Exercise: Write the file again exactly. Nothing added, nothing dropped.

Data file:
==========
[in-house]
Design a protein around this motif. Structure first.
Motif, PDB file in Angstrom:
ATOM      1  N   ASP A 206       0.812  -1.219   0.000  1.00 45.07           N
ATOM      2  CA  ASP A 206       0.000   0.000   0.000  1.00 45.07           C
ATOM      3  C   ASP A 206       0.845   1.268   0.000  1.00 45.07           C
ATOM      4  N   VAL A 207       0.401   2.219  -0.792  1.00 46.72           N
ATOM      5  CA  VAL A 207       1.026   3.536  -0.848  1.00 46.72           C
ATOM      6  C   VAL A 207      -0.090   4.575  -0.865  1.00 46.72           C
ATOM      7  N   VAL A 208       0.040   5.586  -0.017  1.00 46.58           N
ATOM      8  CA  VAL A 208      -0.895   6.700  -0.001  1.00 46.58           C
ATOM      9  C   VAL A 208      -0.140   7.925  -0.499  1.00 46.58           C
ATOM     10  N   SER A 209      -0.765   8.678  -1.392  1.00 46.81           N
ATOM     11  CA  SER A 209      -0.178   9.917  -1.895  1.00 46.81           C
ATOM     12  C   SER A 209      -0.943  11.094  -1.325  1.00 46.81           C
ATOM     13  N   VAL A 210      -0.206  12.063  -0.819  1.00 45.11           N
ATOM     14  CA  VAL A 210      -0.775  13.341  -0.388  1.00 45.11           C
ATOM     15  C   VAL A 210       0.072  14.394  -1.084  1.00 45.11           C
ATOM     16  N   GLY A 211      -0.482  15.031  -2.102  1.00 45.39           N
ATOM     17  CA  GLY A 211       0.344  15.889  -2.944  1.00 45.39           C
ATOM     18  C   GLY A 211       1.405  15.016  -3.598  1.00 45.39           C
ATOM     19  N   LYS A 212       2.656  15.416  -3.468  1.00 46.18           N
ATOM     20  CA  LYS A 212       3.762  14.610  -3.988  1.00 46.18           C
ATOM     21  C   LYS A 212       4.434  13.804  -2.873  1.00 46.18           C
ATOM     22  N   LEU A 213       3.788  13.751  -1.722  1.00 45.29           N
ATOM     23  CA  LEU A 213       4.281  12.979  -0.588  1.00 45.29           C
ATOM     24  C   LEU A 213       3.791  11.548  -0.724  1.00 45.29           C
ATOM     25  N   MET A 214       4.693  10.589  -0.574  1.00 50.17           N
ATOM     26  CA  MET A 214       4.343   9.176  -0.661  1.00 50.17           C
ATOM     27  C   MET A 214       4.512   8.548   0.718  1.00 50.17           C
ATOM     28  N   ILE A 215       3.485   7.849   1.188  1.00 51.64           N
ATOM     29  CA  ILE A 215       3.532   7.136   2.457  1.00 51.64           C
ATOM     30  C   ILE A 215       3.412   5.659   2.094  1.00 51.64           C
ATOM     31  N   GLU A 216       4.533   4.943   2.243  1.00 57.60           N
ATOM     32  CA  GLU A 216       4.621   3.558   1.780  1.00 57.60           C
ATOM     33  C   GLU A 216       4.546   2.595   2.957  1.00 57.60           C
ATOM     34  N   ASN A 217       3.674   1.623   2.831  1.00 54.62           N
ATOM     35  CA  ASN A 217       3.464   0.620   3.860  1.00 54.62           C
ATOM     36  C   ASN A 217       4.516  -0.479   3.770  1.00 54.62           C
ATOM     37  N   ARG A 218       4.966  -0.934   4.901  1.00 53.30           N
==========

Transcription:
[in-house]
Design a protein around this motif. Structure first.
Motif, PDB file in Angstrom:
ATOM      1  N   ASP A 206       0.812  -1.219   0.000  1.00 45.07           N
ATOM      2  CA  ASP A 206       0.000   0.000   0.000  1.00 45.07           C
ATOM      3  C   ASP A 206       0.845   1.268   0.000  1.00 45.07           C
ATOM      4  N   VAL A 207       0.401   2.219  -0.792  1.00 46.72           N
ATOM      5  CA  VAL A 207       1.026   3.536  -0.848  1.00 46.72           C
ATOM      6  C   VAL A 207      -0.090   4.575  -0.865  1.00 46.72           C
ATOM      7  N   VAL A 208       0.040   5.586  -0.017  1.00 46.58           N
ATOM      8  CA  VAL A 208      -0.895   6.700  -0.001  1.00 46.58           C
ATOM      9  C   VAL A 208      -0.140   7.925  -0.499  1.00 46.58           C
ATOM     10  N   SER A 209      -0.765   8.678  -1.392  1.00 46.81           N
ATOM     11  CA  SER A 209      -0.178   9.917  -1.895  1.00 46.81           C
ATOM     12  C   SER A 209      -0.943  11.094  -1.325  1.00 46.81           C
ATOM     13  N   VAL A 210      -0.206  12.063  -0.819  1.00 45.11           N
ATOM     14  CA  VAL A 210      -0.775  13.341  -0.388  1.00 45.11           C
ATOM     15  C   VAL A 210       0.072  14.394  -1.084  1.00 45.11           C
ATOM     16  N   GLY A 211      -0.482  15.031  -2.102  1.00 45.39           N
ATOM     17  CA  GLY A 211       0.344  15.889  -2.944  1.00 45.39           C
ATOM     18  C   GLY A 211       1.405  15.016  -3.598  1.00 45.39           C
ATOM     19  N   LYS A 212       2.656  15.416  -3.468  1.00 46.18           N
ATOM     20  CA  LYS A 212       3.762  14.610  -3.988  1.00 46.18           C
ATOM     21  C   LYS A 212       4.434  13.804  -2.873  1.00 46.18           C
ATOM     22  N   LEU A 213       3.788  13.751  -1.722  1.00 45.29           N
ATOM     23  CA  LEU A 213       4.281  12.979  -0.588  1.00 45.29           C
ATOM     24  C   LEU A 213       3.791  11.548  -0.724  1.00 45.29           C
ATOM     25  N   MET A 214       4.693  10.589  -0.574  1.00 50.17           N
ATOM     26  CA  MET A 214       4.343   9.176  -0.661  1.00 50.17           C
ATOM     27  C   MET A 214       4.512   8.548   0.718  1.00 50.17           C
ATOM     28  N   ILE A 215       3.485   7.849   1.188  1.00 51.64           N
ATOM     29  CA  ILE A 215       3.532   7.136   2.457  1.00 51.64           C
ATOM     30  C   ILE A 215       3.412   5.659   2.094  1.00 51.64           C
ATOM     31  N   GLU A 216       4.533   4.943   2.243  1.00 57.60           N
ATOM     32  CA  GLU A 216       4.621   3.558   1.780  1.00 57.60           C
ATOM     33  C   GLU A 216       4.546   2.595   2.957  1.00 57.60           C
ATOM     34  N   ASN A 217       3.674   1.623   2.831  1.00 54.62           N
ATOM     35  CA  ASN A 217       3.464   0.620   3.860  1.00 54.62           C
ATOM     36  C   ASN A 217       4.516  -0.479   3.770  1.00 54.62           C
ATOM     37  N   ARG A 218       4.966  -0.934   4.901  1.00 53.30           N